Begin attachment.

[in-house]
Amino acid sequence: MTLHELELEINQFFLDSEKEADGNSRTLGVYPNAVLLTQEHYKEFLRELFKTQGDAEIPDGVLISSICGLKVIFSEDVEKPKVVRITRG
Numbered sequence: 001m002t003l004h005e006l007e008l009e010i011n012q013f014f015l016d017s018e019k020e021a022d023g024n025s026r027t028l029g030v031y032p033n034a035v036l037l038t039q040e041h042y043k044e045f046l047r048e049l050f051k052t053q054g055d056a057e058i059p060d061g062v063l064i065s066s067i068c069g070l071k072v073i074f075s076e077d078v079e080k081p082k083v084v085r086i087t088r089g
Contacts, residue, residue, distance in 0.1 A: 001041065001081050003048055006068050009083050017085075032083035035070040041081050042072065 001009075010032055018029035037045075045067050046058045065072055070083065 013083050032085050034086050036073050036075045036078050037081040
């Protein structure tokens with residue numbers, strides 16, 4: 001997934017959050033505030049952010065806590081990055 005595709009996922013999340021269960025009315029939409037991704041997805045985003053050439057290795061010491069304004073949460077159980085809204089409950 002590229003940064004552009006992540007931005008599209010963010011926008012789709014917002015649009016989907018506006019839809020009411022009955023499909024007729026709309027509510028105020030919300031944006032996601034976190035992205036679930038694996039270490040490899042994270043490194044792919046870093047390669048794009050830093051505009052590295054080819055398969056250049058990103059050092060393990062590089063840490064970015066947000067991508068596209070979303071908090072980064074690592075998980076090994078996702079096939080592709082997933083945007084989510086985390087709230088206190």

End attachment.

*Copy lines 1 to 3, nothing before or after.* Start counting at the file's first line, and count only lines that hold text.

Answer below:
[in-house]
Amino acid sequence: MTLHELELEINQFFLDSEKEADGNSRTLGVYPNAVLLTQEHYKEFLRELFKTQGDAEIPDGVLISSICGLKVIFSEDVEKPKVVRITRG
Numbered sequence: 001m002t003l004h005e006l007e008l009e010i011n012q013f014f015l016d017s018e019k020e021a022d023g024n025s026r027t028l029g030v031y032p033n034a035v036l037l038t039q040e041h042y043k044e045f046l047r048e049l050f051k052t053q054g055d056a057e058i059p060d061g062v063l064i065s066s067i068c069g070l071k072v073i074f075s076e077d078v079e080k081p082k083v084v085r086i087t088r089g